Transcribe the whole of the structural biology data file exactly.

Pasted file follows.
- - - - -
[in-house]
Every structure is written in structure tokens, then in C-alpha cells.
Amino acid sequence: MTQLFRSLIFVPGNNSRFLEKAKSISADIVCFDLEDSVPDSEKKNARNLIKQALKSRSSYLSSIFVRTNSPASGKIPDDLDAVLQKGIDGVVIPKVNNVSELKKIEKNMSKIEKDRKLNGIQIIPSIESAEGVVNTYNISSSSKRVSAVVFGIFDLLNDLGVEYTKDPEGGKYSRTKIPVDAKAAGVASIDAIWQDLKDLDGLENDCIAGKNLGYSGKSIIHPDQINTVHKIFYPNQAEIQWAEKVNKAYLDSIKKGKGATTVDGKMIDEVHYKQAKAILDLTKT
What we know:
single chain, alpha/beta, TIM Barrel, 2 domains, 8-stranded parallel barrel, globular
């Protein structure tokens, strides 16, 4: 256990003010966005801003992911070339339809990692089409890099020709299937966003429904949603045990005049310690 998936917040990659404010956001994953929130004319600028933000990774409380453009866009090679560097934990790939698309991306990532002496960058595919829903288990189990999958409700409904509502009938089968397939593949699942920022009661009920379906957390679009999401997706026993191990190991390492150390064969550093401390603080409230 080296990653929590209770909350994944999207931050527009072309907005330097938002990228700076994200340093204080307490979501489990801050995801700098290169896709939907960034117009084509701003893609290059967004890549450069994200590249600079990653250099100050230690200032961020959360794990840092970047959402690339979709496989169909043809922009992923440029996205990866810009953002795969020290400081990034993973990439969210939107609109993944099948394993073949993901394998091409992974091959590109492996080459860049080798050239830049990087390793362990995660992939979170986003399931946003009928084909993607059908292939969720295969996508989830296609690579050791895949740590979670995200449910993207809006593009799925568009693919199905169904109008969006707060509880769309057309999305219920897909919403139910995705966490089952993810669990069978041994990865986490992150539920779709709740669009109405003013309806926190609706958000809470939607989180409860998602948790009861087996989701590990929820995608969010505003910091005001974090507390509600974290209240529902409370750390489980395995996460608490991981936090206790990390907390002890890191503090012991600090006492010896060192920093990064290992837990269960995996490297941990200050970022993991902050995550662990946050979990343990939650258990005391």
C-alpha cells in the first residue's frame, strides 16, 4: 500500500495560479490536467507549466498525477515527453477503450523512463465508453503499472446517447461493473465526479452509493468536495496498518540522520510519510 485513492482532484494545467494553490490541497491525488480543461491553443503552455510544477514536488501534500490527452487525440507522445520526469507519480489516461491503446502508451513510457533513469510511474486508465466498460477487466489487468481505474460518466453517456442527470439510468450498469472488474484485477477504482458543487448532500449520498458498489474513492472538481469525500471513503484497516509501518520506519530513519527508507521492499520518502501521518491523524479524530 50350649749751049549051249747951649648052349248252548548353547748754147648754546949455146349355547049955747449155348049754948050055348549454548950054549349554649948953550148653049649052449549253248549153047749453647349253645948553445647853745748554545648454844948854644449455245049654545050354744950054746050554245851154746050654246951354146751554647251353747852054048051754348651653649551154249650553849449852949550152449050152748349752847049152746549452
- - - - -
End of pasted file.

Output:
[in-house]
Every structure is written in structure tokens, then in C-alpha cells.
Amino acid sequence: MTQLFRSLIFVPGNNSRFLEKAKSISADIVCFDLEDSVPDSEKKNARNLIKQALKSRSSYLSSIFVRTNSPASGKIPDDLDAVLQKGIDGVVIPKVNNVSELKKIEKNMSKIEKDRKLNGIQIIPSIESAEGVVNTYNISSSSKRVSAVVFGIFDLLNDLGVEYTKDPEGGKYSRTKIPVDAKAAGVASIDAIWQDLKDLDGLENDCIAGKNLGYSGKSIIHPDQINTVHKIFYPNQAEIQWAEKVNKAYLDSIKKGKGATTVDGKMIDEVHYKQAKAILDLTKT
What we know:
single chain, alpha/beta, TIM Barrel, 2 domains, 8-stranded parallel barrel, globular
């Protein structure tokens, strides 16, 4: 256990003010966005801003992911070339339809990692089409890099020709299937966003429904949603045990005049310690 998936917040990659404010956001994953929130004319600028933000990774409380453009866009090679560097934990790939698309991306990532002496960058595919829903288990189990999958409700409904509502009938089968397939593949699942920022009661009920379906957390679009999401997706026993191990190991390492150390064969550093401390603080409230 080296990653929590209770909350994944999207931050527009072309907005330097938002990228700076994200340093204080307490979501489990801050995801700098290169896709939907960034117009084509701003893609290059967004890549450069994200590249600079990653250099100050230690200032961020959360794990840092970047959402690339979709496989169909043809922009992923440029996205990866810009953002795969020290400081990034993973990439969210939107609109993944099948394993073949993901394998091409992974091959590109492996080459860049080798050239830049990087390793362990995660992939979170986003399931946003009928084909993607059908292939969720295969996508989830296609690579050791895949740590979670995200449910993207809006593009799925568009693919199905169904109008969006707060509880769309057309999305219920897909919403139910995705966490089952993810669990069978041994990865986490992150539920779709709740669009109405003013309806926190609706958000809470939607989180409860998602948790009861087996989701590990929820995608969010505003910091005001974090507390509600974290209240529902409370750390489980395995996460608490991981936090206790990390907390002890890191503090012991600090006492010896060192920093990064290992837990269960995996490297941990200050970022993991902050995550662990946050979990343990939650258990005391």
C-alpha cells in the first residue's frame, strides 16, 4: 500500500495560479490536467507549466498525477515527453477503450523512463465508453503499472446517447461493473465526479452509493468536495496498518540522520510519510 485513492482532484494545467494553490490541497491525488480543461491553443503552455510544477514536488501534500490527452487525440507522445520526469507519480489516461491503446502508451513510457533513469510511474486508465466498460477487466489487468481505474460518466453517456442527470439510468450498469472488474484485477477504482458543487448532500449520498458498489474513492472538481469525500471513503484497516509501518520506519530513519527508507521492499520518502501521518491523524479524530 50350649749751049549051249747951649648052349248252548548353547748754147648754546949455146349355547049955747449155348049754948050055348549454548950054549349554649948953550148653049649052449549253248549153047749453647349253645948553445647853745748554545648454844948854644449455245049654545050354744950054746050554245851154746050654246951354146751554647251353747852054048051754348651653649551154249650553849449852949550152449050152748349752847049152746549452